High energy X-rays or HEX-rays are very hard X-rays, with typical energies of 80 keV - 1000 keV (1 MeV), about one order of magnitude higher than conventional X-rays (and well into gamma-ray energies over 120 keV). They are produced at modern synchrotron radiation sources such as the beamline ID15 at the European Synchrotron Radiation Facility (ESRF). The main benefit is the deep penetration into matter which makes them a probe for thick samples in physics and materials science and permits an in-air sample environment and operation. Scattering angles are small and diffraction directed forward allows for simple detector setups.
High Energy X-Rays (HEX-rays) between 100 and 300 keV bear unique advantage over conventional hard X-rays, which lie in the range of 5-20 keV (or 12 to 120 keV). They can be listed as follows:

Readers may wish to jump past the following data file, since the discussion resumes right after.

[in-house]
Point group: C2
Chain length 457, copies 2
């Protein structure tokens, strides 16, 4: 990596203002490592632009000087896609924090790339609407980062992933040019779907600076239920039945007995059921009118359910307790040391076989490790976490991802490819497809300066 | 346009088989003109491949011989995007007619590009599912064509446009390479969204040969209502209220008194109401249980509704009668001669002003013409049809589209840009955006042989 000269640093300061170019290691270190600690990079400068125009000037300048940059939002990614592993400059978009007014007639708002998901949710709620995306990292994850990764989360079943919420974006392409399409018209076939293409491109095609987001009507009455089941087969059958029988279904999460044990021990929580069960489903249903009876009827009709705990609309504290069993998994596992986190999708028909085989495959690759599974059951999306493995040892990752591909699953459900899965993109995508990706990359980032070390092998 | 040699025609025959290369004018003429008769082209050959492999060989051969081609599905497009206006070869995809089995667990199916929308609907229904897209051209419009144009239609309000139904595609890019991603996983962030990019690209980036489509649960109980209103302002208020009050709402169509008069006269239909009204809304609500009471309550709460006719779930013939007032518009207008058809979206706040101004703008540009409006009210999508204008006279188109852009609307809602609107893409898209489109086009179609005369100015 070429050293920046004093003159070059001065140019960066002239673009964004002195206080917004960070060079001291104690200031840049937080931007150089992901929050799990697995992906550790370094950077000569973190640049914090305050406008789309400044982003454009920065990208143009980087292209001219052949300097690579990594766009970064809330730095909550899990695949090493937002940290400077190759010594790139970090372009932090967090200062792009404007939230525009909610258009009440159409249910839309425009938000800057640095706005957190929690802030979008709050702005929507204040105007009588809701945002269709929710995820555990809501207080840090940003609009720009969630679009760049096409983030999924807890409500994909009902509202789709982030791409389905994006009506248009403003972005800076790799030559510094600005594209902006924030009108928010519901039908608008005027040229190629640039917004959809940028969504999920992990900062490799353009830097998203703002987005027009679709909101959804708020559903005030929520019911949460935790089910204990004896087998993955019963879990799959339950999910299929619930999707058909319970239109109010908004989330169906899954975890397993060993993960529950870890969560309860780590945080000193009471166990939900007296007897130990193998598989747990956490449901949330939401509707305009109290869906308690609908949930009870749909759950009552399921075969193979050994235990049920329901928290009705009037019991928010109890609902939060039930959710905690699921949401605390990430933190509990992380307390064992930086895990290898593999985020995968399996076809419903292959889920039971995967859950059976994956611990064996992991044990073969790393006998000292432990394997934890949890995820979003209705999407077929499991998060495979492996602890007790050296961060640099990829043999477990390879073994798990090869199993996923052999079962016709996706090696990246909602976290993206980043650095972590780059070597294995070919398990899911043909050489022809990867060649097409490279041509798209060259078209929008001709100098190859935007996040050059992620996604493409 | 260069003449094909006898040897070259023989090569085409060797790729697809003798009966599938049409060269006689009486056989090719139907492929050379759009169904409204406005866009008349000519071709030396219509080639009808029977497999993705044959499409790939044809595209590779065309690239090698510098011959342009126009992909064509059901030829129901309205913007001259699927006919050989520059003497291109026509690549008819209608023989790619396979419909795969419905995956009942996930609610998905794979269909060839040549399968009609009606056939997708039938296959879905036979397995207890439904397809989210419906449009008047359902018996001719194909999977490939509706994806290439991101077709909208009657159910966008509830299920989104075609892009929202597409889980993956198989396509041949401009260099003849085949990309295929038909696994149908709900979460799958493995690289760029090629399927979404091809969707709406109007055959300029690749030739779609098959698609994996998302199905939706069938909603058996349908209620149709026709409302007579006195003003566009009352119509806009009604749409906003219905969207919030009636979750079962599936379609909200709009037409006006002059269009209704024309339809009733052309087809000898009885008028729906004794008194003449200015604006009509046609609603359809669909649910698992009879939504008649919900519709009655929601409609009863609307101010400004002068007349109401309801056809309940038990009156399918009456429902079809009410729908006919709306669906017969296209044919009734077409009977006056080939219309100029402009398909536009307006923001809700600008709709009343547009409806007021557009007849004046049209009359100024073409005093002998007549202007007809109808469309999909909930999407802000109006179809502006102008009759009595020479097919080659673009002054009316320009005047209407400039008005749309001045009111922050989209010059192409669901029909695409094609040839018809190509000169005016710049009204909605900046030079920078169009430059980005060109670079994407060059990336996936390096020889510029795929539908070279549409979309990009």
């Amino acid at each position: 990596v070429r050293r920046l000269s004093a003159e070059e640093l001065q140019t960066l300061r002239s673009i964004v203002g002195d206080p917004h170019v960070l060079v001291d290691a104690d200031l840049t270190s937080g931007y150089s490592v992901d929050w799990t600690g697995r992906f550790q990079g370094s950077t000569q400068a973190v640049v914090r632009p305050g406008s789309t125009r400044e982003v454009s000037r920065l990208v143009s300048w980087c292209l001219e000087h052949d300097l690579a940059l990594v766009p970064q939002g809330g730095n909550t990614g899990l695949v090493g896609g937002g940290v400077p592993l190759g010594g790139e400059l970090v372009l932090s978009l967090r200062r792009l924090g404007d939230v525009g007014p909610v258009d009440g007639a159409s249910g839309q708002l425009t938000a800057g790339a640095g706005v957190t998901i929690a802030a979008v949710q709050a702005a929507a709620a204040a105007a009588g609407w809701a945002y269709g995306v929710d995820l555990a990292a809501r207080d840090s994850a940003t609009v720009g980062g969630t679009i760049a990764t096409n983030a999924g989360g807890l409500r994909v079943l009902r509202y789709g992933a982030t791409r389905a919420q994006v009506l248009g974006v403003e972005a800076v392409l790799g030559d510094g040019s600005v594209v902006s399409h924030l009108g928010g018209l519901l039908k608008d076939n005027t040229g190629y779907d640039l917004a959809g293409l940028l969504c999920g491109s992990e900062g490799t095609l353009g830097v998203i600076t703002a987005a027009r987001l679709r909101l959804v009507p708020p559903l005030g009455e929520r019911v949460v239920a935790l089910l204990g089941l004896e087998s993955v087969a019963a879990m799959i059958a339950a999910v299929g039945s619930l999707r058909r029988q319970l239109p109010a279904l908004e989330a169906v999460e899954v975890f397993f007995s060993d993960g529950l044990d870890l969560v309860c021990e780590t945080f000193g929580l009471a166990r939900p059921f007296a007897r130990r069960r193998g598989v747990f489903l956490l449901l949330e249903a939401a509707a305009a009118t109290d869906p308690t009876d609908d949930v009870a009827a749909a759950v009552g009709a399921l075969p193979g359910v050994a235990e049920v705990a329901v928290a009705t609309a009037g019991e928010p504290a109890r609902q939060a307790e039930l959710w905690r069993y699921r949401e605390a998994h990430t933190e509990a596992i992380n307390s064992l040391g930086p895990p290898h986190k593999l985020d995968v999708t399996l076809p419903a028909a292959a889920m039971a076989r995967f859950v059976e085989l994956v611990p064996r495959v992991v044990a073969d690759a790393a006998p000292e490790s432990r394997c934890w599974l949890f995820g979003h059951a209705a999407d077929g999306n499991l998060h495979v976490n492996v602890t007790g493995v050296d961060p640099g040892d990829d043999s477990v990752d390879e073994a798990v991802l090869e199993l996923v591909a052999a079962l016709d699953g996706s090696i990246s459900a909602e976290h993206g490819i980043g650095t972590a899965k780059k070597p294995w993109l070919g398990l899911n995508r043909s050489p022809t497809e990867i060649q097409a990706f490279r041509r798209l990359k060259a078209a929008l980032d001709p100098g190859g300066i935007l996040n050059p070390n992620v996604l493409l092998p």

High penetration into materials due to a strongly reduced photo absorption cross section. The photo-absorption strongly depends on the atomic number of the material and the X-ray energy. Several centimeter thick volumes can be accesses in steel and millimeters in lead containing samples.
The Ewald sphere has a curvature ten times smaller than in the low energy case and allows whole regions to be mapped in a reciprocal lattice, similar to electron diffraction.
Access to diffuse scattering. This is absorption and not extinction limited at low energies while volume enhancement takes place at high energies. Complete 3D maps over several Brillouin......